I want to take this opportunity to salute all the men and women who have bravely served our country. For those veterans we know personally – and for all those we haven’t had the privilege of meeting, today, on Veteran’s Day, let us all take a moment to honor them.
Veterans Day began as “Armistice Day” on Nov. 11, 1919, the first anniversary of the end of World War I (the 11th hour of the 11th day of the 11th month). It became a national holiday in 1938, and in 1954, President Dwight D. Eisenhower changed the name to Veterans Day as a way to honor the men and women who served in all American wars.
This important holiday is about service and gratitude. It is about pride and patriotism. It is also about building the legacy of our country, recognizing the history of all those who have served with valor. They have paved a path of hope and strength for tomorrow.
There are more than 18 million military veterans in the United States – 2 million of them women. There also are many veterans among us – friends, neighbors, family members, patients and colleagues. Some of us have loved ones currently serving our country and standing up for the freedoms we all embrace. Today we remain on station in more than 150 countries, deployed to deliver on our historic mission of freedom and protection for those in need.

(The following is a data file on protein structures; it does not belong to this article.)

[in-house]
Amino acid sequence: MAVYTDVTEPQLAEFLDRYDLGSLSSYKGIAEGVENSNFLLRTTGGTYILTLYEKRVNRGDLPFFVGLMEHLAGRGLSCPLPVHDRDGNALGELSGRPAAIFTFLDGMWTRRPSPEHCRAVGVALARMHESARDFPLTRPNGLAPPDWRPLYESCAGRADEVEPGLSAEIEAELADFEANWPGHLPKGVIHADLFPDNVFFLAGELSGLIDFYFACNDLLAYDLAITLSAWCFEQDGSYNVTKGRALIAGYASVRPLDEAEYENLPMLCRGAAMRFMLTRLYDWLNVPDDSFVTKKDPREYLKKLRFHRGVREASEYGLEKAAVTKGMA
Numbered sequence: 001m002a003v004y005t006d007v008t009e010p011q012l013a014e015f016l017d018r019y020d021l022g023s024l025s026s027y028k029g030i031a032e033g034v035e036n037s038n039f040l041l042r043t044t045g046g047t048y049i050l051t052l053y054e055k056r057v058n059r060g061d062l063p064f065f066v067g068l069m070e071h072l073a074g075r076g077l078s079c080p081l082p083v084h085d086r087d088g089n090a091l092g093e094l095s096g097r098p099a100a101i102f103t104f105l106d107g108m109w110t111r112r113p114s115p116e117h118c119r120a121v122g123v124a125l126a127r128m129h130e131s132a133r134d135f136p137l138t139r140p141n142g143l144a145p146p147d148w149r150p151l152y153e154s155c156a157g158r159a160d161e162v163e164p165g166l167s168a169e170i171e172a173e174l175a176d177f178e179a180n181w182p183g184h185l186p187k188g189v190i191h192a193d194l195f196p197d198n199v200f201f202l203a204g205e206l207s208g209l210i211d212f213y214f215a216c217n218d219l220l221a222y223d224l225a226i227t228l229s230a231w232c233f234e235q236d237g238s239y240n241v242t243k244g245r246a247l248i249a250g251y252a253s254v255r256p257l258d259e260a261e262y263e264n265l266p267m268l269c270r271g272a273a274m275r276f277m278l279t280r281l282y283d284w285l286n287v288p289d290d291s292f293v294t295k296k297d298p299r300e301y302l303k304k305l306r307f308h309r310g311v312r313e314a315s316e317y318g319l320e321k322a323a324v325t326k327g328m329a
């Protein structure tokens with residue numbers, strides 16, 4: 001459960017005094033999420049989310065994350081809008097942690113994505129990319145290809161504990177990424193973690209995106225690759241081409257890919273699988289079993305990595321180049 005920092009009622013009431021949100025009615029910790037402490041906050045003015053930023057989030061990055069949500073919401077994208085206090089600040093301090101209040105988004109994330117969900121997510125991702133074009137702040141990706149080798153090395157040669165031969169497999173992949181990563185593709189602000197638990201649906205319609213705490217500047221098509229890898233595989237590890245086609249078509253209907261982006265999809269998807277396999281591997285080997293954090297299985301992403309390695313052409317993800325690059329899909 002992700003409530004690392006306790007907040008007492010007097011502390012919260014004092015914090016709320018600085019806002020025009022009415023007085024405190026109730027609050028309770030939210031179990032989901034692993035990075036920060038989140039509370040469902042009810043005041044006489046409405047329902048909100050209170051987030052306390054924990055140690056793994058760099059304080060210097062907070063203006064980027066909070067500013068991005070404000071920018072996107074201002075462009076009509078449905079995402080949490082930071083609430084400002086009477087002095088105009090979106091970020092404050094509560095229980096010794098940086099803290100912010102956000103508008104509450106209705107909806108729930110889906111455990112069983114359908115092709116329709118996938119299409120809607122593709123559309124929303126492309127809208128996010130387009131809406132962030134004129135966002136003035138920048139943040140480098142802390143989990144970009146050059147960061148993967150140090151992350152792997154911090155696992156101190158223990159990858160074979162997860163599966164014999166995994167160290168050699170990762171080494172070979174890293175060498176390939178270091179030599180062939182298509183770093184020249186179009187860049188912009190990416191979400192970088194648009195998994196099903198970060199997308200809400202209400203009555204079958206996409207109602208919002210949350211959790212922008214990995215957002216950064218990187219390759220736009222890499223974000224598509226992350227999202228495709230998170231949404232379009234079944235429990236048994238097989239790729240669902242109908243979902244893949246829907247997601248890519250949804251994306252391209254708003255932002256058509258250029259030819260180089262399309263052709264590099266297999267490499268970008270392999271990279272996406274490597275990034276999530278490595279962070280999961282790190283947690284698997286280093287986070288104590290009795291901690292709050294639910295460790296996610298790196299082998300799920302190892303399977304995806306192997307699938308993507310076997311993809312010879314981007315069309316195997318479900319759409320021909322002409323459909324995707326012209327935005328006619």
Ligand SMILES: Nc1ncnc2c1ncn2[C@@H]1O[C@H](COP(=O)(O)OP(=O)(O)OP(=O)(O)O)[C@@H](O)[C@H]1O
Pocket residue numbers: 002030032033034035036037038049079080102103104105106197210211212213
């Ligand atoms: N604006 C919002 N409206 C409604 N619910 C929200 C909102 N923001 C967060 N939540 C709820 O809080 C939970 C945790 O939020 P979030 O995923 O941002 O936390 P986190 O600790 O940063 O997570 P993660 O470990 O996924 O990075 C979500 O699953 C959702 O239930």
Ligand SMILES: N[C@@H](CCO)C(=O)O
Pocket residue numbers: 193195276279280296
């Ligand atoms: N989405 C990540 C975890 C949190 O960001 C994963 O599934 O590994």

Men and women of our military have protected the values and liberties that built our great nation. And they returned contributing to society far beyond their active duty. They serve our nation in so many roles, including teachers, scientists, doctors, nurses, other business professionals and entrepreneurs – and they are some of the most active volunteers in organizations across the country.
As you think about this day and what it means, please pause to extend your heartfelt appreciation to the heroes of our country. We are a community built on gratitude. We salute them all.